Multidimensional Bias Analysis
The preceding three chapters have described the techniques for conducting simple bias analysis to assess errors caused by selection bias, residual confounding, or misclassification. However, simple bias analysis implies that the researcher has one and only one estimate to assign to each of the values for the error model’s bias parameters. In many situations, that is not the case. There are many bias parameters for which validation data do not exist, so the values assigned to the bias parameter are educated guesses. In this situation, the analyst is better served by making more than one educated guess for each value and then combining values in different sets. In other situations, multiple different measures of the bias parameter may exist, and there may be no basis for the analyst to select just one as the best estimate of the truth from among those available. For example, when both internal and external validation studies have been conducted, or there were multiple external estimates each in populations slightly different to the one under study, the analyst has no basis to select one value for the bias parameter over another. Frequently, internal estimates are more useful than external estimates because they derive from the same source population as yielded the study’s estimate of association. If there is the possibility of selection bias into the internal validation study, however, then it is possible that the subjects included in the validation study do not provide a good estimate of the bias parameter in the remainder of the study population. In this situation, the analyst may want to use values informed by all of the available validation studies as independent estimates.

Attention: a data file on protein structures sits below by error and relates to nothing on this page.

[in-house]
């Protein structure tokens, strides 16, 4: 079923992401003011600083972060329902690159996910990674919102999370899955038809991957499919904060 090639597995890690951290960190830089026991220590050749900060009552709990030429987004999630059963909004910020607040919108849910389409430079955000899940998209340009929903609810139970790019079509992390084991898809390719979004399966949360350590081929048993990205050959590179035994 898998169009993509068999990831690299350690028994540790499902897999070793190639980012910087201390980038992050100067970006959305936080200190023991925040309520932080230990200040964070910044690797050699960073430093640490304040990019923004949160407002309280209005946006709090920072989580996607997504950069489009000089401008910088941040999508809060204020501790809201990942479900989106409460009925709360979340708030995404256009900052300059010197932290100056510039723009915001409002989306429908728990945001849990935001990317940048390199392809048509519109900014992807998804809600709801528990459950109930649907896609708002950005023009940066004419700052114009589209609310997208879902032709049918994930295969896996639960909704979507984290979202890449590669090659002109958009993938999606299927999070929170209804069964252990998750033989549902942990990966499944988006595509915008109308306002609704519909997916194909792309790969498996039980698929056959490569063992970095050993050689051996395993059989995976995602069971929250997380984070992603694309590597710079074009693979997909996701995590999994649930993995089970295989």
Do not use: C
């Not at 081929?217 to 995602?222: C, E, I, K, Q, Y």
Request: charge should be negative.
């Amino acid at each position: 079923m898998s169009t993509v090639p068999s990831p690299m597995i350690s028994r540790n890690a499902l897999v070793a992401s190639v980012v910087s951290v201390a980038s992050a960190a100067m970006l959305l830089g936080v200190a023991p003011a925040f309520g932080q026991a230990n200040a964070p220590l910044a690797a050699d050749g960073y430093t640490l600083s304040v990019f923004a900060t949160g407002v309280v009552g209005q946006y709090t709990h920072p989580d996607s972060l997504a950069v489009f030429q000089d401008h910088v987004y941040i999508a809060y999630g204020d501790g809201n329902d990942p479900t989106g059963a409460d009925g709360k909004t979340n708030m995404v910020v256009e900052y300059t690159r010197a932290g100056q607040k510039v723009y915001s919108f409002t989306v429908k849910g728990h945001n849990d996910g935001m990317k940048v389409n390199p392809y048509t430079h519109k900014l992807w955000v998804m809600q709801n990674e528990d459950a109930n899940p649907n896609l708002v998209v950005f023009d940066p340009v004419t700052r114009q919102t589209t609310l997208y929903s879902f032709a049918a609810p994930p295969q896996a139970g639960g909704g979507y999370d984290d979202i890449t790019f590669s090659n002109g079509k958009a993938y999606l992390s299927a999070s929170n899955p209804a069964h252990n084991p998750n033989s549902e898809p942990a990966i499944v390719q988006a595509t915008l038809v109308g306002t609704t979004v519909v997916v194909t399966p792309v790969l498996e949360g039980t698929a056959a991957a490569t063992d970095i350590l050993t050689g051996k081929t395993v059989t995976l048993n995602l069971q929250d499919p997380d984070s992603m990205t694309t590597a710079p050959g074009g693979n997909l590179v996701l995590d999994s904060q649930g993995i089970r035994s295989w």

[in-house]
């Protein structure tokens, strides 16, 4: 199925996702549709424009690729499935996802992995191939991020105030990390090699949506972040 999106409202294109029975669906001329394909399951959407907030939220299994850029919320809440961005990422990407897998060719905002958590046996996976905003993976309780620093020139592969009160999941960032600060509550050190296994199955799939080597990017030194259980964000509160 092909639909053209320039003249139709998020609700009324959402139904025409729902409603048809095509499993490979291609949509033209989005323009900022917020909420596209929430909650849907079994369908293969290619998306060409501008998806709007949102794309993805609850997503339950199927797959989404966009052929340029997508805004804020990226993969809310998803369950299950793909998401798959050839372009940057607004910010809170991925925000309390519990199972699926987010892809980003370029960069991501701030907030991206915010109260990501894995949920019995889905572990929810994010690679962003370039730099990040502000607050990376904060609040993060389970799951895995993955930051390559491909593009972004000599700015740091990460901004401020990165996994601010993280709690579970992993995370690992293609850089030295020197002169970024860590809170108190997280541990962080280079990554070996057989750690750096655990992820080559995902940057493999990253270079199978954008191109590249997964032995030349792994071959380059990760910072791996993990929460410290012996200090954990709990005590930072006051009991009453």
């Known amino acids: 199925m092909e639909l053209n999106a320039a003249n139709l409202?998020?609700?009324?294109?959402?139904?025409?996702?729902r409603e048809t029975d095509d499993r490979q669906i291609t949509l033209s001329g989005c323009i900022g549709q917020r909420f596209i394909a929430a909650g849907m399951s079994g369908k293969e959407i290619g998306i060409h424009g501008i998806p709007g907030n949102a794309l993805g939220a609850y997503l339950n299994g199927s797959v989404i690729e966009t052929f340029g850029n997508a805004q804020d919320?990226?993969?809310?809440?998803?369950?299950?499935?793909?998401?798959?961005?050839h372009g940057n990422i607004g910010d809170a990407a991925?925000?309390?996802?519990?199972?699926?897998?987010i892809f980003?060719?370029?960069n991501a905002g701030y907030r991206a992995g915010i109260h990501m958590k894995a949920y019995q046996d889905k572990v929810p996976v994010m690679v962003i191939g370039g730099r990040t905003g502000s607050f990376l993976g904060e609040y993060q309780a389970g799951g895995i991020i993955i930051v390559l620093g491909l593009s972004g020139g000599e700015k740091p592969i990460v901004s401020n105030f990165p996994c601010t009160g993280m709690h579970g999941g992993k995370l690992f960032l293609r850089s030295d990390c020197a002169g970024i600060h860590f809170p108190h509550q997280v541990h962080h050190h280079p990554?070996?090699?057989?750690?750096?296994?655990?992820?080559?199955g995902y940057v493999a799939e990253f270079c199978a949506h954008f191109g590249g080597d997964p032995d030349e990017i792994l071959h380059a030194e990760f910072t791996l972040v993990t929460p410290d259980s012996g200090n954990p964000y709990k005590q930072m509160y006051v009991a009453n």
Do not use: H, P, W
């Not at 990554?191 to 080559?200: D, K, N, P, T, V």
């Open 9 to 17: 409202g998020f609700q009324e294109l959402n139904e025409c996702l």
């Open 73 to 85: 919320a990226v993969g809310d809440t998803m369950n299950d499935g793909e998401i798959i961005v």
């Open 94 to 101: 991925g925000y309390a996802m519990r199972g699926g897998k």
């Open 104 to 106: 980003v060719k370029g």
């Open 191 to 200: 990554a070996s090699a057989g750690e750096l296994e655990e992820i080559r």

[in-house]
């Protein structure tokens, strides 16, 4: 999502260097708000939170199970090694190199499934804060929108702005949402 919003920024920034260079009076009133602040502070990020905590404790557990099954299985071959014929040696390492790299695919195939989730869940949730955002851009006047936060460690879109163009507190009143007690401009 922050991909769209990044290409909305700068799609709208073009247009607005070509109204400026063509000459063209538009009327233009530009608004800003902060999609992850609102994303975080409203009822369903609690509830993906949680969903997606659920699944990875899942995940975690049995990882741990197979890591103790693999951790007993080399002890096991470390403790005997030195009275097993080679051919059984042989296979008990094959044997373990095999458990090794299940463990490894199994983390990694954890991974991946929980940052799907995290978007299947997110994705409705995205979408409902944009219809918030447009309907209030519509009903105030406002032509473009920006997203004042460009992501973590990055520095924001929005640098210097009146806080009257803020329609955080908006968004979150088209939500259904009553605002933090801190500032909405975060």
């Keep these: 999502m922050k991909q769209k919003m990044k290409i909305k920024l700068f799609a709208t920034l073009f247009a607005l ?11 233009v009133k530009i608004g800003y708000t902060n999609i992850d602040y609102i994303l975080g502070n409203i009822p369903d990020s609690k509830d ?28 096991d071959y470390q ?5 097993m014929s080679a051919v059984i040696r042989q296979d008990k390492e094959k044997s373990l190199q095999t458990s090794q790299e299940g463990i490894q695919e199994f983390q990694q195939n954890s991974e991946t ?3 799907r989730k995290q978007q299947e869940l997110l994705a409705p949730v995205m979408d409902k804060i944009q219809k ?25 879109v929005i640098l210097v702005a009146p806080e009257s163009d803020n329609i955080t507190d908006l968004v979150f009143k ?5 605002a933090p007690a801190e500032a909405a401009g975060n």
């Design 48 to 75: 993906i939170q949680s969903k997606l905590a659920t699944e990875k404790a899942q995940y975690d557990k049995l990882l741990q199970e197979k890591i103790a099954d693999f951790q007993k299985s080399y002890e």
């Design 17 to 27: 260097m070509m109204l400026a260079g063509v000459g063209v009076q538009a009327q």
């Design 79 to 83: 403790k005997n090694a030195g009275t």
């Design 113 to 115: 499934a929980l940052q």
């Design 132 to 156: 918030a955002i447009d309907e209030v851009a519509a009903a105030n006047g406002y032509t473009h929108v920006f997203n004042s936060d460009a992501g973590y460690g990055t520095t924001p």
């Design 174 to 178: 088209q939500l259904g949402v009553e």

Multidimensional bias analysis is a direct extension of simple bias analysis whereby the methods for simple bias analysis are repeated with a range of values for the bias parameter(s). This method provides the researcher with some information regarding the range of estimates of association that are possible, given different assumptions regarding the value of the bias parameters. For example, if there are no data regarding the bias parameters, then multidimensional bias analysis could be used to determine the minimum amount of bias that would convert a positive association to a null association. The analyst could then assess the plausibility of the values that must be assigned to the bias parameters to accomplish the conversion.